From School Library Journal
PreS-Gr 2–The feline heroine of Nini Here and There (Greenwillow, 2007) is back in a book that captures all of the charm of its predecessor. When a door is accidently left open, Nini seizes the opportunity to explore a world that is wider and wilder than the familiar, cozy confines of her own house. The foliage and critters lure her farther away, and Nini revels in their delights until night falls. Suddenly, what was welcoming and beautiful becomes menacing to the little cat. But all ends well, with a philosophical Nini reflecting that there still might be more adventures in her future. The feline's world, both inside and out, is full of lush details that Lobel renders with gouache and watercolor illustrations. Although the illustrations are heavily detailed and full of things to see, the pages do not appear cluttered because of the white space that frames each picture. The white space disappears once night falls and the pictures, suitably, feel claustrophobic. Nini's own epiphany is best revealed by the two window shots that open and close the book; the title page shows her in close-up, sitting in a window, gazing out. She is framed by the sill, boxed in, and safe. The final image is Nini again in that window, but the perspective is from across the yard, so that she is but a small creature gazing upon the outside landscape that dominates the scene. This is an attractive, quiet book to share with young adventurers.Kara Schaff Dean, Walpole Public Library, MA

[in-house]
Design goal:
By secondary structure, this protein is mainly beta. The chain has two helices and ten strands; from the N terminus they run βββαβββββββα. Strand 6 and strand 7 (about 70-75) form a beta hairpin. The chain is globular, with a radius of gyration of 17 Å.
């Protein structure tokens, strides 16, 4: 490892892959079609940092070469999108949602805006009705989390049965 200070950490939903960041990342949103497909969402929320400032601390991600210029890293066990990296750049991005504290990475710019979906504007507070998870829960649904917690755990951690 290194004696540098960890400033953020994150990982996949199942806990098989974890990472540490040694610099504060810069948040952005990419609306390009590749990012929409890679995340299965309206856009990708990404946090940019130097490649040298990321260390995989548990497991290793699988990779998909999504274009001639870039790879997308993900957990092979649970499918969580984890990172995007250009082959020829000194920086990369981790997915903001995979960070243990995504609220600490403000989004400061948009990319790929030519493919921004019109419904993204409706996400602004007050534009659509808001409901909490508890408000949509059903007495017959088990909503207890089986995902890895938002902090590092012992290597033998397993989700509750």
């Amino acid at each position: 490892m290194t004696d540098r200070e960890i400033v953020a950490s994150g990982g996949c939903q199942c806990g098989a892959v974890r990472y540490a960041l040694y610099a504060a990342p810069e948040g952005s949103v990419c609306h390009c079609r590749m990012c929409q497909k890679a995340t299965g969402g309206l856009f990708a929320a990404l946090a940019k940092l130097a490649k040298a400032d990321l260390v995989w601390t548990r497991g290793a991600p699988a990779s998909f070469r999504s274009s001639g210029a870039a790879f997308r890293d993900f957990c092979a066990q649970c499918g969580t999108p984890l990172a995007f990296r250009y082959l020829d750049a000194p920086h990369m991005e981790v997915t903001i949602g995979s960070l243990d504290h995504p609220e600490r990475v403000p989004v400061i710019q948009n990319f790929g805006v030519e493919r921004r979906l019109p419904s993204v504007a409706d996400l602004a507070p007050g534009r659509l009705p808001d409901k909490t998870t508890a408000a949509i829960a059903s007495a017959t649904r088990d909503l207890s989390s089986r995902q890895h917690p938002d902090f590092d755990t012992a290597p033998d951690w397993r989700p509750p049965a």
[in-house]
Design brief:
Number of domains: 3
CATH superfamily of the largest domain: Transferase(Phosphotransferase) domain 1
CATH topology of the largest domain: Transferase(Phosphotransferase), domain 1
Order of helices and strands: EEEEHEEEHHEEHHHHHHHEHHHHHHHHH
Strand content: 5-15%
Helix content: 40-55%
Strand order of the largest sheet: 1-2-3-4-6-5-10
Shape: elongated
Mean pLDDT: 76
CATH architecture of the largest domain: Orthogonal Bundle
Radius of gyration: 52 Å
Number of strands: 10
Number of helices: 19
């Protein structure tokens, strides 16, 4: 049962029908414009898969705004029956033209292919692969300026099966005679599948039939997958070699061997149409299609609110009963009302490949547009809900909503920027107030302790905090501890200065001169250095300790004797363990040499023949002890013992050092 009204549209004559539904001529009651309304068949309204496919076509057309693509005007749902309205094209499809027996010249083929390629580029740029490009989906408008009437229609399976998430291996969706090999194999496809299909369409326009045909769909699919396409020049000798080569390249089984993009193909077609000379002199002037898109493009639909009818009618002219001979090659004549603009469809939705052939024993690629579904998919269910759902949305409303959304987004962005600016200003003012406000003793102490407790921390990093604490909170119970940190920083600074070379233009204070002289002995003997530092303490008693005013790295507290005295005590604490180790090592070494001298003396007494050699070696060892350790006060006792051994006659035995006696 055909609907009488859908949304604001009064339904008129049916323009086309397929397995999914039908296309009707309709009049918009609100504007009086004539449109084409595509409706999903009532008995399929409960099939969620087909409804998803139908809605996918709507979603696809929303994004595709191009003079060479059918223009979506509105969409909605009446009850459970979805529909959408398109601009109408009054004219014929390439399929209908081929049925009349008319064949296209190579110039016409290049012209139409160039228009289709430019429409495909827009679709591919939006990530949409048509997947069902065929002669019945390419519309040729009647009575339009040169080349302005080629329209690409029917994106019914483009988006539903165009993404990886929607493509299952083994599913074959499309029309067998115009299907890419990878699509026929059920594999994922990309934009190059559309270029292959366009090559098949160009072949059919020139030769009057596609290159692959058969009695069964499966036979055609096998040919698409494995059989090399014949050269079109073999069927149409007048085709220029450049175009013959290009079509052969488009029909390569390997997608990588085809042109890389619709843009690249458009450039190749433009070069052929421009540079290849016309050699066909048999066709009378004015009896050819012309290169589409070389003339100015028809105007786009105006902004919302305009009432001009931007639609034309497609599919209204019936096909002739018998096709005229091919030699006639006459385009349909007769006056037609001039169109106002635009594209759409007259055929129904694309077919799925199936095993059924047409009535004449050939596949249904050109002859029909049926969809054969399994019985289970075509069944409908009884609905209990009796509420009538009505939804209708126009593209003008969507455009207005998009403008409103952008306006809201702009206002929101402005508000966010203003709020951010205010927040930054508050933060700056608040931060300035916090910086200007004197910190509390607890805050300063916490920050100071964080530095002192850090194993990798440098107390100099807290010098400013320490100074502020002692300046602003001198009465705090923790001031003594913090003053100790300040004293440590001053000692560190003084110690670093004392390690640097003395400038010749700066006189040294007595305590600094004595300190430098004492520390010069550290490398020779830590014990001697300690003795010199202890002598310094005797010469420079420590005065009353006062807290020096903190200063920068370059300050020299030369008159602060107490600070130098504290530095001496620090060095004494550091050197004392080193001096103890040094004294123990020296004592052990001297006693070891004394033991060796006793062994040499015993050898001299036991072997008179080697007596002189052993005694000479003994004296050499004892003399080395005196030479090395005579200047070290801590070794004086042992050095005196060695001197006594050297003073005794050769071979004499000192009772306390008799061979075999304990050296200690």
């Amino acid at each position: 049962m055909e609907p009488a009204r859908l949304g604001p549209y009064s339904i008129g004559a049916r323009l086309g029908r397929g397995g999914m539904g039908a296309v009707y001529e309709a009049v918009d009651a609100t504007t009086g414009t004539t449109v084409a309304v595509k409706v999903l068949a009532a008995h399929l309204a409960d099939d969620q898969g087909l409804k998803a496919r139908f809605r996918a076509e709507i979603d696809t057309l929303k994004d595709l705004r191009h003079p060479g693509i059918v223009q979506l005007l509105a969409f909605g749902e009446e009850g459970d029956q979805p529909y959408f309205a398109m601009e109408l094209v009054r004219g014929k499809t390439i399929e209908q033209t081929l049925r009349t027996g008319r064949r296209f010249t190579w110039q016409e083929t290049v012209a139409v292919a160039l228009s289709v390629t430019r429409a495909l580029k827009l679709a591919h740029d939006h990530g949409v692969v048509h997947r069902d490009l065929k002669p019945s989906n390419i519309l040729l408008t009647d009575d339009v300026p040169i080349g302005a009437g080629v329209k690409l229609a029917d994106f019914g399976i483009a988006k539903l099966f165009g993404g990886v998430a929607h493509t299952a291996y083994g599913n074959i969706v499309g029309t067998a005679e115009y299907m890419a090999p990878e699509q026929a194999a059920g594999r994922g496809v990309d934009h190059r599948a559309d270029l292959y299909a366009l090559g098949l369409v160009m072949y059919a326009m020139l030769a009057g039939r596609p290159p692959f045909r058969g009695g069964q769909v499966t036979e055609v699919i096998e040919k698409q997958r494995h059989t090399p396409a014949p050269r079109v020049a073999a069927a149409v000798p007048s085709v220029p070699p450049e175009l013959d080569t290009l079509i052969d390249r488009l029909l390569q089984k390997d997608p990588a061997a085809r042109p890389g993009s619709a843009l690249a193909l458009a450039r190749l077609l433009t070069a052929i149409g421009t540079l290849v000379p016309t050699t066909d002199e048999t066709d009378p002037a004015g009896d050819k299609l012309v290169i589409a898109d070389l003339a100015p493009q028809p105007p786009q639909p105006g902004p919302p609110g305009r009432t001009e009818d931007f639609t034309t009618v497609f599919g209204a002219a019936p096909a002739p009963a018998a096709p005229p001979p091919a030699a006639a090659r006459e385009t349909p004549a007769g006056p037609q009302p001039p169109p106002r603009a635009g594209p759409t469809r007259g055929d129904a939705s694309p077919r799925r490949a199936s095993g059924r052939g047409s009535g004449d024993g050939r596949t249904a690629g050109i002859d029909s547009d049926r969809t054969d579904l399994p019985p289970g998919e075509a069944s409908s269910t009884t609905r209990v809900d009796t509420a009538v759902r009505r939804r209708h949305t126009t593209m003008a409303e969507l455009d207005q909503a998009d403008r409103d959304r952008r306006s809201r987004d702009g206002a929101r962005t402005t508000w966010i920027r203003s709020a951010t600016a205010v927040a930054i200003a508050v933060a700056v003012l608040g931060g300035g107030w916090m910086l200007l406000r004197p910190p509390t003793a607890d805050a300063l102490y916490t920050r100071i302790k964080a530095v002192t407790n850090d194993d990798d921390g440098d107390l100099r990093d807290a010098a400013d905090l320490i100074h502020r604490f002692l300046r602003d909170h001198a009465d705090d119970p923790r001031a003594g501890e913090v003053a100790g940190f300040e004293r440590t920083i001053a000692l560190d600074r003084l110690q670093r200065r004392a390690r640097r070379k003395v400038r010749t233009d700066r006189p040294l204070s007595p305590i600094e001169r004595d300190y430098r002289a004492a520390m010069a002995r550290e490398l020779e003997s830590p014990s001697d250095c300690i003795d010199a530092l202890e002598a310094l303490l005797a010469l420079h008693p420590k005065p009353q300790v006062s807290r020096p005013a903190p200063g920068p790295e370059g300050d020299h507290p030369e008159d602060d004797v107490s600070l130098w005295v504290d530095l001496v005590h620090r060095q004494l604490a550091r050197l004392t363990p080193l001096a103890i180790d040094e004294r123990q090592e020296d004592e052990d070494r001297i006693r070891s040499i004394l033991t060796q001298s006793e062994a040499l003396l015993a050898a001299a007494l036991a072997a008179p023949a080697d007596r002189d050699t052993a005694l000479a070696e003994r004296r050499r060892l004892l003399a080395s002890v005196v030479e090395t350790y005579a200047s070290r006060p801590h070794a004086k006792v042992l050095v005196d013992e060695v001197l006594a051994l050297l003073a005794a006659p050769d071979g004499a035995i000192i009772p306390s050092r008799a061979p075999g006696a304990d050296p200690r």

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*Starred Review* The last time readers met Nini, the beguiling striped tabby, she thought she was being left behind when her family went away (Nini Here and There, 2007). Now it is Nini who is making travel plans, thanks to an open door. Once outside, Nini walks slowly away from home, then moves faster, and before long she is very far away indeed. Reveling in new sights and smells, Nini thinks, “Oh, this is really, really, really nice.” But darkness brings strange sounds, and Nini smells danger. One scary spread shows a fox, an owl, and a big brown bear who chase her into the hollow of an old tree. Now being outside is not so nice; Nini wants to go home, and someone wants her home, too. “Come back, come back, little miss cat.” Nini doesn’t know what to do. If she leaves her hiding place, the animals might catch her; but “I must be brave,” she tells herself as she runs toward home. Scolded, yes, but then cuddled and loved, Nini is glad to be home . . . “for now.” Told with an elegant simplicity that children will appreciate (they might have some of the same thoughts themselves), this is filled with Lobel’s endearing watercolor-and-gouache artwork, with big swirls of emotion and the tiniest nod of relief in a little cat’s upturned lip. A wonderful read-aloud, with the length of the text, the size of the art, and the adventure of the tale all being just right. Preschool-Grade 1. --Ilene Cooper